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  52. I liked Omkara too, though I thought Lal was more menacing than Saif Ali Khan (who acted very well, by the way). I've linked to Vannathi puzhayude theerathu, Ennodu enthinee pinkkam and Velikku veluppankaalam. The other link now leads to a video that has been removed. :(

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  53. I have nothing to add to your very comprehensive and brilliant review of a classic.


    To me this one betters Omkara in the way the film ends; Vishal Bharadwaj, has a Desparado (the Anotonio Banderas action movie) fixation and thereby brings in a mindless shootout killing in general all the characters to end his films. (You find this in Dedh Ishquiya too). Kaliyattom ends beautifully. Saif as Langda Tyagi was a brilliant act though; unparalleled by him since.

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  54. Boby, thank you. This film was particularly brilliant. I too thought that this adaptation of Othello was a far better one, even though I also liked Omkara - I do like Vishal Bharadwaj's movies. And Saif was a revelation.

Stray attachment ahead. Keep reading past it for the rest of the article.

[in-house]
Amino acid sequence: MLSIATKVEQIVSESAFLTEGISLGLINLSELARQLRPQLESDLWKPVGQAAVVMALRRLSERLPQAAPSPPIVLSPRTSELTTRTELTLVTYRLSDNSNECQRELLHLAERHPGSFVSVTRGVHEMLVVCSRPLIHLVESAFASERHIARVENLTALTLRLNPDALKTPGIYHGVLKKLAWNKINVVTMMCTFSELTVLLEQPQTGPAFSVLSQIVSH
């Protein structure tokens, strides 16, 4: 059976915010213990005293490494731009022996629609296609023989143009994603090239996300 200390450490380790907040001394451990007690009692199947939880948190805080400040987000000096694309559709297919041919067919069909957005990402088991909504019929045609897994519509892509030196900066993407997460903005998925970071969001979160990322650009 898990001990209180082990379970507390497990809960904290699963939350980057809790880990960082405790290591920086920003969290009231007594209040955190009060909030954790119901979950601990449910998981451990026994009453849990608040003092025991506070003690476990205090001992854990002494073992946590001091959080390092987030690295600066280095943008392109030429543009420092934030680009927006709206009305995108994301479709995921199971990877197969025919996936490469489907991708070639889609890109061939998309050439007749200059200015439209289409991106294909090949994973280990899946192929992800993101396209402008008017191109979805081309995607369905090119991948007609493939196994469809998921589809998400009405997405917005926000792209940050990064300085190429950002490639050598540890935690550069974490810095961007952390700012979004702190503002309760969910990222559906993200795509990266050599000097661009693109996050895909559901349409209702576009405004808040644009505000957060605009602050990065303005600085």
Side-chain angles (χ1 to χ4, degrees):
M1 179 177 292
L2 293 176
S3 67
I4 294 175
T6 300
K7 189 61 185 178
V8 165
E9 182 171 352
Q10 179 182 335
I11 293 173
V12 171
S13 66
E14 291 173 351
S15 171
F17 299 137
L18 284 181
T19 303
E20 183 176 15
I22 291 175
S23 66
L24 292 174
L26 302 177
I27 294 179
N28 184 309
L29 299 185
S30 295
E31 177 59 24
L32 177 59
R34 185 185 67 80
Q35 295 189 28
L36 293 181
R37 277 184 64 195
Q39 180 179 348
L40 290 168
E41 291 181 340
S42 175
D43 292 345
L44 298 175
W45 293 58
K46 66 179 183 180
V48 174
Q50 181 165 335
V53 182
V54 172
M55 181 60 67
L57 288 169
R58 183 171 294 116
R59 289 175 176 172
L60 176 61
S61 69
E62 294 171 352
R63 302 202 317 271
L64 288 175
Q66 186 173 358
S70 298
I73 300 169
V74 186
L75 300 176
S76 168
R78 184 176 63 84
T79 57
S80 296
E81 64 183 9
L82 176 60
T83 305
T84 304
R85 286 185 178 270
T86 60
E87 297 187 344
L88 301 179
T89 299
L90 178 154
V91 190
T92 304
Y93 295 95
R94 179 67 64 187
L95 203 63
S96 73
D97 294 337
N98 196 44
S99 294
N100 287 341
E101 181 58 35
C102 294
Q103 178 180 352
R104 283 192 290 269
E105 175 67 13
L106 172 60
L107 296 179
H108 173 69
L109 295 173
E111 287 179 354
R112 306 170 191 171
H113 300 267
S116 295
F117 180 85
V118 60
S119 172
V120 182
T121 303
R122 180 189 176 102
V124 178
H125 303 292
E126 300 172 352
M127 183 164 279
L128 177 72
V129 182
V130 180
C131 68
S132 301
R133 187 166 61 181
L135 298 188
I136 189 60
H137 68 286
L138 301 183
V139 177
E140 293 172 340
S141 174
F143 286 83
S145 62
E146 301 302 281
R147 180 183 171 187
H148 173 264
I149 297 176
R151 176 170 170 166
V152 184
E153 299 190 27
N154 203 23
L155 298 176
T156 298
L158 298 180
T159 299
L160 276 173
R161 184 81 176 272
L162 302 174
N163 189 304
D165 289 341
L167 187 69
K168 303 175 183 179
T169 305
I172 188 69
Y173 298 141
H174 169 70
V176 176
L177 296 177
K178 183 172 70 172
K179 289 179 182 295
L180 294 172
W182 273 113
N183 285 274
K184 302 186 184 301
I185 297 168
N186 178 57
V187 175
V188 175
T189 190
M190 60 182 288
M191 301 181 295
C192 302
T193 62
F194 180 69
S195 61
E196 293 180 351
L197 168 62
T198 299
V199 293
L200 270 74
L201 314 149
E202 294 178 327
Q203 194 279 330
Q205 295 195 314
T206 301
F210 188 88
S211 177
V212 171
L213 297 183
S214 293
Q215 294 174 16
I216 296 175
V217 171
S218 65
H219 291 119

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  55. Thank you very much ! that was very informative.. helped me a lot for my assignment. I was confused about the ways to introduce this film to my North Indian classmates. Your blog guided me to achieve that goal successfully :)

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  56. Hi Athira, welcome to my blog and sorry about the late reply. I wasn't around. I'm glad you liked the review and that it proved helpful to you.